January 25, 1766

Journal Entry

"Fine pleasant morning, although a little frost in the pine-lands; saw several flocks of pigeons flying about both yesterday and to-day: About noon we landed at Mount-Royal, and went to an Indian tumulus, which was about 100 yards in diameter, nearly round, and near 20 foot high, found some bones scattered on it, it must be very ancient, as live-oaks are growing upon it three foot in diameter; what a prodigious multitude of Indians must have laboured to raise it? To what height we can’t say, as it must have settled much in such a number of years, and it is surprizing where they brought the sand from, and how, as they had nothing but baskets or bowls to carry it in; there seems to be a little hollow near the adjacent level on one side, though not likely to raise such a tumulus the 50th part of what it is, but directly north from the tumulus is a fine straight avenue about 60 yards broad, all the surface of which has been taken off, and thrown on each side, which makes a bank of about a rood wide and a foot high more or less, as the unevenness of the ground required, for the avenue is as level as a floor from bank to bank, and continues so for about three quarters of a mile to a pond of about 100 yards broad and 150 long N. And S. Seemed to be an oblong square, and its banks 4 foot perpendicular, gradually sloping every way to the water, the depth of which we could not say, but do not imagine it deep, as the grass grows all over it; by its regularity it seems to be artificial; if so, perhaps the sand was carried from hence to raise the tumulus, as the one directly faces the other at each end of the avenue; on the south side of the tumulus I found a very large rattle-snake sunning himself, I suppose this to be his winter-quarters; here had formerly been a large Indian town; I suppose there is 50 acres of planting ground cleared and of a middling soil, a good part of which is mixed with small shells; no doubt this large tumulus was their burying-place or sepulchre: Whether the Florida Indians buried the bones after the flesh was rotted off them, as the present southern Indians do, I can’t say: We then rowed down the river, and encamped at Spalding’s Lower-store, opposite to a small rich island on the west side of the river."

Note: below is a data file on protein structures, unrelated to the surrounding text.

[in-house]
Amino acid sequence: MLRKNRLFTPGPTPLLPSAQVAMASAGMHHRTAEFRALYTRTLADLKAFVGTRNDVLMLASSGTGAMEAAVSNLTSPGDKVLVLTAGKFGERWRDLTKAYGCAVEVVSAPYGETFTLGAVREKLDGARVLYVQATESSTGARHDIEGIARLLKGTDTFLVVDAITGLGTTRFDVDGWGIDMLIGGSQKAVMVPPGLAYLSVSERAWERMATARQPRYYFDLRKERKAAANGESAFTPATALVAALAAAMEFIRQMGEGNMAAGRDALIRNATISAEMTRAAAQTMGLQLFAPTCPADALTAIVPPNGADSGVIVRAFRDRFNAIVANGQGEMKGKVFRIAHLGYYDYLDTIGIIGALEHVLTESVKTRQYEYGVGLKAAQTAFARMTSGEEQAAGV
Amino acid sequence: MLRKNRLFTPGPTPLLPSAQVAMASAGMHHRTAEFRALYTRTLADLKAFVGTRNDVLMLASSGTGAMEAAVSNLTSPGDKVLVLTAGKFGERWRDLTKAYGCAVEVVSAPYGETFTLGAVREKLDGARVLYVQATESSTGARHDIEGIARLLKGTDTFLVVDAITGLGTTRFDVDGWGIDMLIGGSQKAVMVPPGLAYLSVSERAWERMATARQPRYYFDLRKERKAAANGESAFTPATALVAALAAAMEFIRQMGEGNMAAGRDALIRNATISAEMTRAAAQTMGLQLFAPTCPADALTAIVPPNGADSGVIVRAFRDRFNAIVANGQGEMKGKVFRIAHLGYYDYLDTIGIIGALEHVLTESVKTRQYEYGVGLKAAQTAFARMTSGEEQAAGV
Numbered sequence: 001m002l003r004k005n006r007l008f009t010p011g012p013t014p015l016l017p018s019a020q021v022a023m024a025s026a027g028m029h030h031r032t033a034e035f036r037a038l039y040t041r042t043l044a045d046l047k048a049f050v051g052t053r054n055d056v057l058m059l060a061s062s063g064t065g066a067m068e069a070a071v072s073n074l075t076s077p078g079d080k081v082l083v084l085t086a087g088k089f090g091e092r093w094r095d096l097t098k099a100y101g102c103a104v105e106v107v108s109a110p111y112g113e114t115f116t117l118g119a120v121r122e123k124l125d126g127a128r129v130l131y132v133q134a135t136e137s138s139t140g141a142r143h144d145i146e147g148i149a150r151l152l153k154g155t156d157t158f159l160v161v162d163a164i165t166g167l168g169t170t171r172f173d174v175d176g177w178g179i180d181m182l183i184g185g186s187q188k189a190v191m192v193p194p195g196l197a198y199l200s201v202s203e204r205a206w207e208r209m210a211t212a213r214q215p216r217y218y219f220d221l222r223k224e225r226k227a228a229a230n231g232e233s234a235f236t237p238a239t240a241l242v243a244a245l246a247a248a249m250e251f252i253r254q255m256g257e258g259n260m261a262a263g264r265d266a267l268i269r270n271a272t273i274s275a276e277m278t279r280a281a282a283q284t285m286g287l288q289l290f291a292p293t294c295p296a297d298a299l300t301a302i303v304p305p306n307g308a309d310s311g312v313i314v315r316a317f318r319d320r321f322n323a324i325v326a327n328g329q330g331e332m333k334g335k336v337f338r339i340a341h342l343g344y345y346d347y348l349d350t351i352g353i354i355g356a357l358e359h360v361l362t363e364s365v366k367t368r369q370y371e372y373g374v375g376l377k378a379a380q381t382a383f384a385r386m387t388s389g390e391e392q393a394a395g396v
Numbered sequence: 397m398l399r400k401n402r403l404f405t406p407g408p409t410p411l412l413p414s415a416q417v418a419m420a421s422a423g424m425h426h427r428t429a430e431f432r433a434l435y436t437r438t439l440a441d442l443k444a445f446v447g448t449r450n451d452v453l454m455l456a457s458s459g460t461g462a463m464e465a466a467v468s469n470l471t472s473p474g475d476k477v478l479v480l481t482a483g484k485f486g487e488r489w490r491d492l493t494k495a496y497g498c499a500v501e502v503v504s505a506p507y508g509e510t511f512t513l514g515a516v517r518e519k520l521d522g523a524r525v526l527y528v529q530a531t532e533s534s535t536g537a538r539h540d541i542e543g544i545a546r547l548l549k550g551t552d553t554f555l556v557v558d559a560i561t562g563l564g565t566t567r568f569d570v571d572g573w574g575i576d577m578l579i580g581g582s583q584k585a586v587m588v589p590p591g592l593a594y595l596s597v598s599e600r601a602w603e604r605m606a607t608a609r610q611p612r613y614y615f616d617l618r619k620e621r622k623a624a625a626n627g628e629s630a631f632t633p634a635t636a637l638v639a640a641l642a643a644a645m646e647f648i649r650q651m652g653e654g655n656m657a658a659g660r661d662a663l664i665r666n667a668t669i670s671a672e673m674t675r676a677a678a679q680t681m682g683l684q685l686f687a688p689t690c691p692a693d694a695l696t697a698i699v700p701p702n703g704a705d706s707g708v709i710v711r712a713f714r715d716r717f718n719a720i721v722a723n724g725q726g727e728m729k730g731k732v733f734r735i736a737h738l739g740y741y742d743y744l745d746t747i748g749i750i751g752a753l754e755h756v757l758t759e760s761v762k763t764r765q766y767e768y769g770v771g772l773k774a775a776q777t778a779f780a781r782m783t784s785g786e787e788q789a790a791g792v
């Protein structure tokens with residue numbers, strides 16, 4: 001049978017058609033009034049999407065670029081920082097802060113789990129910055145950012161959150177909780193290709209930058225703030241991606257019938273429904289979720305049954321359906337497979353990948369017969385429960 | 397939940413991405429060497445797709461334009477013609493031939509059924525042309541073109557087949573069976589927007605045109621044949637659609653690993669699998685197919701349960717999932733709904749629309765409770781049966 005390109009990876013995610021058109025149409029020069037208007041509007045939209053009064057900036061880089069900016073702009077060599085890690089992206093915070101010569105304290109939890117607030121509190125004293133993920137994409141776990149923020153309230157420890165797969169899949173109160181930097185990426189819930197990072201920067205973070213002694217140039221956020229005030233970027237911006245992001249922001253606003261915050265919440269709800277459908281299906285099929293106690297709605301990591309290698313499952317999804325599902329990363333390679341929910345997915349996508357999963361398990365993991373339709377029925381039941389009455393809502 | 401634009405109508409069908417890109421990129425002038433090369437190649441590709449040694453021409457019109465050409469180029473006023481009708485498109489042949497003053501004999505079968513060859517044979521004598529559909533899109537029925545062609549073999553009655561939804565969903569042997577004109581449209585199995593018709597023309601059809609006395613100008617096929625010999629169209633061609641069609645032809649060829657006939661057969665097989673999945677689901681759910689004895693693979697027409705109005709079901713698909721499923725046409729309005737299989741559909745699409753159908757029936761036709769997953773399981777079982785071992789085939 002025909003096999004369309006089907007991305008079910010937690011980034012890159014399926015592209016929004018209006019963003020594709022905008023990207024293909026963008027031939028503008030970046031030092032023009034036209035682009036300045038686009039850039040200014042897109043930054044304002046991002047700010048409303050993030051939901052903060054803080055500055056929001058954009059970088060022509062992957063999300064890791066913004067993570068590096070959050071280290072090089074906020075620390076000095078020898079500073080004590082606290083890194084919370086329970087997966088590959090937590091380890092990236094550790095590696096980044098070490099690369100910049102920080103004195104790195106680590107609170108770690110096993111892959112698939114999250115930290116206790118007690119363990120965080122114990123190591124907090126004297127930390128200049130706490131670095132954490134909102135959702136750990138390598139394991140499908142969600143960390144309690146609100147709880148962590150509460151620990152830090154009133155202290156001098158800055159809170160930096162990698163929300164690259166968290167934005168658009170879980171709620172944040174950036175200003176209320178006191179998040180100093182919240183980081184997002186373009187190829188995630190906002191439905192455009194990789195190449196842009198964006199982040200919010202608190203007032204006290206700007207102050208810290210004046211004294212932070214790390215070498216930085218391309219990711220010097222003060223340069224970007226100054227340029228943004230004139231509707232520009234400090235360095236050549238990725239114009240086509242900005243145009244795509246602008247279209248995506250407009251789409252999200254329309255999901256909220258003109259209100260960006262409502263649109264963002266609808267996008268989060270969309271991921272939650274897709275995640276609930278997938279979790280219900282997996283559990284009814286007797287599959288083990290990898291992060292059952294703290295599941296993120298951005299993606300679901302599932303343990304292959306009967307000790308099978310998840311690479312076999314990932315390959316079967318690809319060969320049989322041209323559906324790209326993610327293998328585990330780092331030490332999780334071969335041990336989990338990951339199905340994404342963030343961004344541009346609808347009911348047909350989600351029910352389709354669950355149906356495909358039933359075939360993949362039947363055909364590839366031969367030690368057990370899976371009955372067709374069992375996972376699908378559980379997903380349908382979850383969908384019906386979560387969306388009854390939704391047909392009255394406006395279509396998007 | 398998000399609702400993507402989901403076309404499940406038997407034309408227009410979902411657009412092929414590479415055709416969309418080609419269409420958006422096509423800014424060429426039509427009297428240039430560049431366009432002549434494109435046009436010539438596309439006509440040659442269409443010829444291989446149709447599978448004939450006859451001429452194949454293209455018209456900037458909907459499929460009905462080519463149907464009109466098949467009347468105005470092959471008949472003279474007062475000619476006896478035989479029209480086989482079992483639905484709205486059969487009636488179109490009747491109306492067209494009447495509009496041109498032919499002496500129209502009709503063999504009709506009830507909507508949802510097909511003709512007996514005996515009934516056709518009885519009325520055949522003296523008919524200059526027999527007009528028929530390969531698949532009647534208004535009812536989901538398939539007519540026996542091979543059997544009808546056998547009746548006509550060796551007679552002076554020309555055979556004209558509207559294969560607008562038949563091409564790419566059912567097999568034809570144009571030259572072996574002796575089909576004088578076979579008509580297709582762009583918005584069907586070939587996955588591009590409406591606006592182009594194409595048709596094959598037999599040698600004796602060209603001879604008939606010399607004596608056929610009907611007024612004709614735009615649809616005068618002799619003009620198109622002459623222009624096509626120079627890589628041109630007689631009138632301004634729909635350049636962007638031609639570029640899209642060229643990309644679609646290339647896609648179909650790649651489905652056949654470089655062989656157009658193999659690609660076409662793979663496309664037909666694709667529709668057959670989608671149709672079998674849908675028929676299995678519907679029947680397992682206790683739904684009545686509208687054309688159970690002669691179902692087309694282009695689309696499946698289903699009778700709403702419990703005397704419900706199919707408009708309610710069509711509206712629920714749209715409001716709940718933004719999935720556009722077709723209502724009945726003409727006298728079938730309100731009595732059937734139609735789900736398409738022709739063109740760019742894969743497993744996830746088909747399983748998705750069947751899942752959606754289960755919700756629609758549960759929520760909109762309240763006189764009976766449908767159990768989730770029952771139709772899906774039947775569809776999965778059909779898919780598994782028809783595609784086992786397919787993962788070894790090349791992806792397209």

From Lake George, seen in the distance, the St. Johns River flows straight toward Mount Royal and the noble view that Bartram called a "fine south prospect opens to the great lake" on his upriver journey.

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This aerial photograph includes most of the route on the St. Johns River covered by Bartram and his companions on January 25, 1765.

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The island on the right shaped like an arrowhead points to Stokes Landing, in 1766 the site of Spalding's Lower Store. To reach the store Bartram's battoe traveled from Lake George, which is beyond the most distant prospect in this aerial photograph (the view is to the south, or upriver; Bartram's battoe was headed in the opposite direction). The Cross Florida Barge Canal is on the right, or the west side of the St. Johns, and the Seven Sisters Islands and Buffalo Bluff are on the left.

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The "small rich island" opposite Spalding's Lower Store, where Bartram camped on the evening of January 25, 1766.

The shoreline at Mount Royal, looking upriver toward Lake George. Photograph by Joan E. Moore.

View of the Indian burial and ceremonial viewed by John and William Bartram in 1765-1766. Photograph by Joan E. Moore..

Another view of Mount Royal. Photograph by Joan E. Moore, June 2003.


Mount Royal is currently a luxury residential development called the Mount Royal Aeropark. The “mount” can still be viewed although it no longer possesses the size and majesty left by pre-Columbian Indians that Bartram described. When measured by Clarence B. Moore in the 1890s, the mound was sixteen feet high, well under the "forty foot" that William Bartram remembered viewing when he wrote “Observations on the Creek and Cherokee Indians,” and enclosed it in a letter dated December 15, 1789, to a Philadelphia physician and naturalist, Benjamin Smith Barton. The avenue and pond were still in place when Clarence Moore investigated; he measured the avenue at twelve and one-half feet wide and two hundred sixty-two feet long.